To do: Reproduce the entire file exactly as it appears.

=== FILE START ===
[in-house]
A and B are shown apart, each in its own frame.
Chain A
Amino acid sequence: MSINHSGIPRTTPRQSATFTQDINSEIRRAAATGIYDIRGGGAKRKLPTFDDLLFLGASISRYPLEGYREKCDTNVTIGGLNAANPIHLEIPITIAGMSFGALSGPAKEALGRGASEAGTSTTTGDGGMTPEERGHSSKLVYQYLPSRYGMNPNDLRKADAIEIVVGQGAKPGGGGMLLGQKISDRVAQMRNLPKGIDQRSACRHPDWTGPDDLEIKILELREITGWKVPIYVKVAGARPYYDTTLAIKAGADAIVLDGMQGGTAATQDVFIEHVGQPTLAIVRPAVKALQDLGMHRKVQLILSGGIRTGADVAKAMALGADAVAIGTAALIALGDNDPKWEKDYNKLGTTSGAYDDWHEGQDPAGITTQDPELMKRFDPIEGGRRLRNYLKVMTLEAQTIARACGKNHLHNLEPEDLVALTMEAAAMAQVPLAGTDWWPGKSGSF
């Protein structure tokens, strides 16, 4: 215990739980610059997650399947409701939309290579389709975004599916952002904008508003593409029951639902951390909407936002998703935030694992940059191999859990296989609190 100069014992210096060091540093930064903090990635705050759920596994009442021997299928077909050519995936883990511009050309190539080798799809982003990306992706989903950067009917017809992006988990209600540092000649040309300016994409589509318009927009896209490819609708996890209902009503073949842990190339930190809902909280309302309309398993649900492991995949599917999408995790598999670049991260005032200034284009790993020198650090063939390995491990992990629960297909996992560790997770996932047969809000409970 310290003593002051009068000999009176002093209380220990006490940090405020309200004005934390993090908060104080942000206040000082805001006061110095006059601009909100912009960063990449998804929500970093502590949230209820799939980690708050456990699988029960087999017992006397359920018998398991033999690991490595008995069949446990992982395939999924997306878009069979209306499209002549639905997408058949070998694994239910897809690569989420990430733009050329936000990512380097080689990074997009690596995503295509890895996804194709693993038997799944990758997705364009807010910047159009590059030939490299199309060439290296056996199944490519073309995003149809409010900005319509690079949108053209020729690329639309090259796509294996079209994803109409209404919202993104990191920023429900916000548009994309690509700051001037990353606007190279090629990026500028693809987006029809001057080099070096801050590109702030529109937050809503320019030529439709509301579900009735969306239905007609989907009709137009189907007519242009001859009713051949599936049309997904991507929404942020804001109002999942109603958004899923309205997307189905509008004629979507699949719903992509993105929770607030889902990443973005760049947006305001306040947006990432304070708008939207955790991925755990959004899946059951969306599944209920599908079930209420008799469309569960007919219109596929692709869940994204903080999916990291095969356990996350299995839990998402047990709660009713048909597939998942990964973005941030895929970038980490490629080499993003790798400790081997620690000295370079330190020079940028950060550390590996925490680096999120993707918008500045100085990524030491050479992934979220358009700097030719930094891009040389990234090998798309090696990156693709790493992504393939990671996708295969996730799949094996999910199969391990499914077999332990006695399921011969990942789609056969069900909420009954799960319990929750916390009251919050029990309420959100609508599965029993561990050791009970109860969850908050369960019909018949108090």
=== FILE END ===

[in-house]
A and B are shown apart, each in its own frame.
Chain A
Amino acid sequence: MSINHSGIPRTTPRQSATFTQDINSEIRRAAATGIYDIRGGGAKRKLPTFDDLLFLGASISRYPLEGYREKCDTNVTIGGLNAANPIHLEIPITIAGMSFGALSGPAKEALGRGASEAGTSTTTGDGGMTPEERGHSSKLVYQYLPSRYGMNPNDLRKADAIEIVVGQGAKPGGGGMLLGQKISDRVAQMRNLPKGIDQRSACRHPDWTGPDDLEIKILELREITGWKVPIYVKVAGARPYYDTTLAIKAGADAIVLDGMQGGTAATQDVFIEHVGQPTLAIVRPAVKALQDLGMHRKVQLILSGGIRTGADVAKAMALGADAVAIGTAALIALGDNDPKWEKDYNKLGTTSGAYDDWHEGQDPAGITTQDPELMKRFDPIEGGRRLRNYLKVMTLEAQTIARACGKNHLHNLEPEDLVALTMEAAAMAQVPLAGTDWWPGKSGSF
């Protein structure tokens, strides 16, 4: 215990739980610059997650399947409701939309290579389709975004599916952002904008508003593409029951639902951390909407936002998703935030694992940059191999859990296989609190 100069014992210096060091540093930064903090990635705050759920596994009442021997299928077909050519995936883990511009050309190539080798799809982003990306992706989903950067009917017809992006988990209600540092000649040309300016994409589509318009927009896209490819609708996890209902009503073949842990190339930190809902909280309302309309398993649900492991995949599917999408995790598999670049991260005032200034284009790993020198650090063939390995491990992990629960297909996992560790997770996932047969809000409970 310290003593002051009068000999009176002093209380220990006490940090405020309200004005934390993090908060104080942000206040000082805001006061110095006059601009909100912009960063990449998804929500970093502590949230209820799939980690708050456990699988029960087999017992006397359920018998398991033999690991490595008995069949446990992982395939999924997306878009069979209306499209002549639905997408058949070998694994239910897809690569989420990430733009050329936000990512380097080689990074997009690596995503295509890895996804194709693993038997799944990758997705364009807010910047159009590059030939490299199309060439290296056996199944490519073309995003149809409010900005319509690079949108053209020729690329639309090259796509294996079209994803109409209404919202993104990191920023429900916000548009994309690509700051001037990353606007190279090629990026500028693809987006029809001057080099070096801050590109702030529109937050809503320019030529439709509301579900009735969306239905007609989907009709137009189907007519242009001859009713051949599936049309997904991507929404942020804001109002999942109603958004899923309205997307189905509008004629979507699949719903992509993105929770607030889902990443973005760049947006305001306040947006990432304070708008939207955790991925755990959004899946059951969306599944209920599908079930209420008799469309569960007919219109596929692709869940994204903080999916990291095969356990996350299995839990998402047990709660009713048909597939998942990964973005941030895929970038980490490629080499993003790798400790081997620690000295370079330190020079940028950060550390590996925490680096999120993707918008500045100085990524030491050479992934979220358009700097030719930094891009040389990234090998798309090696990156693709790493992504393939990671996708295969996730799949094996999910199969391990499914077999332990006695399921011969990942789609056969069900909420009954799960319990929750916390009251919050029990309420959100609508599965029993561990050791009970109860969850908050369960019909018949108090």